The advantages of ETFs over other investment structures are well documented and yet a large number of Canadian investors continue to be loyal to mutual funds. But what if you could combine the best of both worlds: a low cost structure with an investment manager setting the strategy? A new breed of ETFs streaming into Canada will provide investors just that.
Even though many investors cling to their mutual funds, the traditional mutual fund companies are feeling the pressure of ETFs and are coming up with their own products to ensure they aren’t left behind. So far this year ETFGI, an independent research & consultancy firm specializing in ETFs, reports that there has been a 33% increase in smart-Beta ETFs, or rules-based investments, and a 47% jump in active, or discretionary managed, funds globally.
It was only a matter of time before those structures pushed their way north. A steady stream of new active and smart-beta ETFs are coming to Canada this year giving investors more options, not just in the number of choices, but in investment style. At the end of April Manulife launched a new set of ETFs managed by Dimension Financial Advisors, a U.S.-based mutual fund company that uses factor-based models to build portfolios that have a devoted following of advisors.). They are not alone. Franklin Templeton, a global investment management organization that until recently specialized in mutual funds, has been expanding into ETFs in recent years and in a few weeks it will offer four ETFs in Canada.
More ETFs mean more choice
“Clients are asking about ETFs, and that’s growing globally obviously, and we want to bring that choice to our clients,” says Patrick O’Connor, global head of ETFs for Franklin Templeton Investments. Franklin’s first two offerings will be actively managed ETFs, the Franklin Liberty Risk Managed Canadian Equity ETF and Franklin Liberty Canadian Investment Grade Corporate ETF. Both will start trading on May 30.
In early June, Franklin Templeton will launch a pair of strategic beta ETFs. Franklin LibertyQT U.S. Equity Index ETF and Franklin LibertyQT International Equity Index ETF, are expected to be listed on the TSX at market open on June 5, 2017. Both funds will be rules based. The U.S. Equity fund will follow four custom weighted factors: quality (50%), value (30%), momentum (10%) and low volatility (10%). The portfolio will screen for stocks on Russell 1000 and will rebalance twice a year. No single company will be allowed to exceed 1% of the portfolio. This approach will reduce the large cap bias you see in some funds, says O’Connor. The approach will limit the number of large cap stocks in the portfolio, which typically are high quality but slower growth companies.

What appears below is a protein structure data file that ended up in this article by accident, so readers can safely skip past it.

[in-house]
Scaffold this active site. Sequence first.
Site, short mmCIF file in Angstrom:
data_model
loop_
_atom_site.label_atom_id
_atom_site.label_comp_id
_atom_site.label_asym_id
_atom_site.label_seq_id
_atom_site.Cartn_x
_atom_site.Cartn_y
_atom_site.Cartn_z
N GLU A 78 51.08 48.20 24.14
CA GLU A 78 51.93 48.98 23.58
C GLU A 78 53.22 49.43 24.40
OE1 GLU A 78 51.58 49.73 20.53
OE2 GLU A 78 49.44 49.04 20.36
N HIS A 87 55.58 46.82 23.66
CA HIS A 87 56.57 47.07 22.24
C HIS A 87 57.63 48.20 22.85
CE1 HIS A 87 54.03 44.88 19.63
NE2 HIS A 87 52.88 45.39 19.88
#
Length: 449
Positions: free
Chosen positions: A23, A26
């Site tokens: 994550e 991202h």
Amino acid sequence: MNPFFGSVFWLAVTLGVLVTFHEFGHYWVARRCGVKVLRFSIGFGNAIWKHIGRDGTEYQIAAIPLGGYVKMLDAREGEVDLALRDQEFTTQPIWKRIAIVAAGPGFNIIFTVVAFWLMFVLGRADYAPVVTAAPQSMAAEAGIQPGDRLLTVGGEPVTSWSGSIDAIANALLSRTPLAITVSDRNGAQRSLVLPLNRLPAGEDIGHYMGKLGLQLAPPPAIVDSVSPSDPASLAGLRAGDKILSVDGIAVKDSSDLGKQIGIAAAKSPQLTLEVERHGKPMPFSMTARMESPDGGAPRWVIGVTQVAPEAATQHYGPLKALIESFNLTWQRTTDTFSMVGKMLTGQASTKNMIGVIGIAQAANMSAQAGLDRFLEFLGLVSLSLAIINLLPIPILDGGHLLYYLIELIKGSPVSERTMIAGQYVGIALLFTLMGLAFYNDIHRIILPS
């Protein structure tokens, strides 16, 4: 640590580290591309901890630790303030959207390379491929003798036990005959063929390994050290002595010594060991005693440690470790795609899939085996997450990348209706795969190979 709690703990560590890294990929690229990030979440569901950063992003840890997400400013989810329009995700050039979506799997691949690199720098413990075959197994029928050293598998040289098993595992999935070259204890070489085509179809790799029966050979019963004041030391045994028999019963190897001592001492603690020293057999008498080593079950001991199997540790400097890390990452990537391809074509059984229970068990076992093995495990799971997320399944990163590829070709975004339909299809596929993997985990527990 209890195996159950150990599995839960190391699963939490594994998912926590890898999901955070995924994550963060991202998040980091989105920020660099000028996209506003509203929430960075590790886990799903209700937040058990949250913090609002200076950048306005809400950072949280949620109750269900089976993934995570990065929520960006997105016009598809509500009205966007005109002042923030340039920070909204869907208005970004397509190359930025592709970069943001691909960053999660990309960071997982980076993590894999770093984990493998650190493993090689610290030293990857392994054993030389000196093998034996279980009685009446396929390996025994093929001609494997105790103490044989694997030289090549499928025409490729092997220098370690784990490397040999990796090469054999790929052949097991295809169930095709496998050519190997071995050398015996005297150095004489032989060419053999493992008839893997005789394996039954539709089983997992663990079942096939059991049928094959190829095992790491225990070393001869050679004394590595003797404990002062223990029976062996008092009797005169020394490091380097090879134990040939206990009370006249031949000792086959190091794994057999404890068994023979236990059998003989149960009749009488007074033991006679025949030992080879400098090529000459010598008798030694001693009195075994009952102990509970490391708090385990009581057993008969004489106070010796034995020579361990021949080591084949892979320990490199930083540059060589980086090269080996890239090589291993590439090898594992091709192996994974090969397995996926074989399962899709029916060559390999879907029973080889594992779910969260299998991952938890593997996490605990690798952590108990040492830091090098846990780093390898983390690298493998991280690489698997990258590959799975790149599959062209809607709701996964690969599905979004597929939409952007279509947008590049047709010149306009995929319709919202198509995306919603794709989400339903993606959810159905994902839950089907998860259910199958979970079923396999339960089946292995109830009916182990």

Templeton plans to bring even more ETFs to Canada, but it doesn’t have any plans to enter the crowded passive ETF market. “Our DNA is active,” says O’Connor. “That’s not a space we want to play in; it doesn’t speak to who we are.”
Too much choice?
Investors may welcome the new ETF flavours, but as the saying goes, be careful what you wish for. “It’s exciting for investors, and terrifying for investors,” says Mark Yamada, president and CEO of Pur Investing, which builds ETF portfolios for both individuals and institutional clients.
The new flavours of ETFs are more difficult to digest and the added choice could overwhelm investors. Yamada cites the research of Sheena Iyengar, S. T. Lee professor of business at Columbia University. Iyengar found that while consumers will pay more attention to markets that offer more choice, too many options tends to have a paralyzing effect. The end result is, if there are too many options consumers tend to put off their decision.
Canada already has almost 500 ETFs, but the new type of product will make the market even more complex. Individual investors are going to find it more difficult to build their portfolio on their own, says Yamada. In the end he says he expects investors may need an advisor to help them make the decision.
The good news is the new entrants into the ETF market will signal lower fees for Canadian investors, says Yamada. That’s critical. While you’ll never know what your return is going to be, you’ll always know your costs, explains Yamada.
Competition is keeping costs down
Not only will the added competition in the ETF space help keep costs down, it’s also offering investors alternatives to more expensive mutual funds. The new Templeton funds, for instance, will cost between 0.25 and 0.4%. Franklin Templeton’s mutual funds, by comparison, typically have MERs over 2%.
While the managers who manage Templeton’s new Canadian ETFs also manage mutual funds, the products won’t be the same. “These are not copycat products,” says O’Connor. “There are differences in how they are managed.”
Only time will tell whether the Templeton mutual fund or ETF will perform better over time. Until then, it’s up to you to decide if any of these products are right for you.
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- Pros and cons of TD’s new actively managed ETFs
- Investors see value, but why won’t they act on it?
- Institutional investors increasingly turning to ETFs